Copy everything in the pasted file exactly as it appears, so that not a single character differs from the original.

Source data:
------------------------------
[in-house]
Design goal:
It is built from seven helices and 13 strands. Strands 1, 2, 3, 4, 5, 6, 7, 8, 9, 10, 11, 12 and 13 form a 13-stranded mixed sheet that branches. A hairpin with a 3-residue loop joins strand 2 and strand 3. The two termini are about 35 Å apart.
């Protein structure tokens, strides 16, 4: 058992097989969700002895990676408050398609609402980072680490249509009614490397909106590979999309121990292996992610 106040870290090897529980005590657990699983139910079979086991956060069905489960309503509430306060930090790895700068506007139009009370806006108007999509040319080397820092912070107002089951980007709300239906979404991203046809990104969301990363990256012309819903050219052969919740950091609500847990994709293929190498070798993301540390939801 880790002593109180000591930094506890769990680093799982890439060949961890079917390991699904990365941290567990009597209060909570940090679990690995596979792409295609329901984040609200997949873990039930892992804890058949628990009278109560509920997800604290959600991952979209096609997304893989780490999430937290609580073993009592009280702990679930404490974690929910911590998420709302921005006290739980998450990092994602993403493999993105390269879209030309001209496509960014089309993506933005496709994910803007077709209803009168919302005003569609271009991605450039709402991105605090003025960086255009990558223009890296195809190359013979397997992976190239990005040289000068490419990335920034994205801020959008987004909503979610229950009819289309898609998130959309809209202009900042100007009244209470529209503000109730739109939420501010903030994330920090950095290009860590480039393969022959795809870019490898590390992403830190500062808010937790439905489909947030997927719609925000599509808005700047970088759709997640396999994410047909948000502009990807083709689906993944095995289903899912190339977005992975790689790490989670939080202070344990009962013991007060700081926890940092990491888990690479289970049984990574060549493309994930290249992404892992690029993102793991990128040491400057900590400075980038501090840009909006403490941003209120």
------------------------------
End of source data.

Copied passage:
[in-house]
Design goal:
It is built from seven helices and 13 strands. Strands 1, 2, 3, 4, 5, 6, 7, 8, 9, 10, 11, 12 and 13 form a 13-stranded mixed sheet that branches. A hairpin with a 3-residue loop joins strand 2 and strand 3. The two termini are about 35 Å apart.
């Protein structure tokens, strides 16, 4: 058992097989969700002895990676408050398609609402980072680490249509009614490397909106590979999309121990292996992610 106040870290090897529980005590657990699983139910079979086991956060069905489960309503509430306060930090790895700068506007139009009370806006108007999509040319080397820092912070107002089951980007709300239906979404991203046809990104969301990363990256012309819903050219052969919740950091609500847990994709293929190498070798993301540390939801 880790002593109180000591930094506890769990680093799982890439060949961890079917390991699904990365941290567990009597209060909570940090679990690995596979792409295609329901984040609200997949873990039930892992804890058949628990009278109560509920997800604290959600991952979209096609997304893989780490999430937290609580073993009592009280702990679930404490974690929910911590998420709302921005006290739980998450990092994602993403493999993105390269879209030309001209496509960014089309993506933005496709994910803007077709209803009168919302005003569609271009991605450039709402991105605090003025960086255009990558223009890296195809190359013979397997992976190239990005040289000068490419990335920034994205801020959008987004909503979610229950009819289309898609998130959309809209202009900042100007009244209470529209503000109730739109939420501010903030994330920090950095290009860590480039393969022959795809870019490898590390992403830190500062808010937790439905489909947030997927719609925000599509808005700047970088759709997640396999994410047909948000502009990807083709689906993944095995289903899912190339977005992975790689790490989670939080202070344990009962013991007060700081926890940092990491888990690479289970049984990574060549493309994930290249992404892992690029993102793991990128040491400057900590400075980038501090840009909006403490941003209120």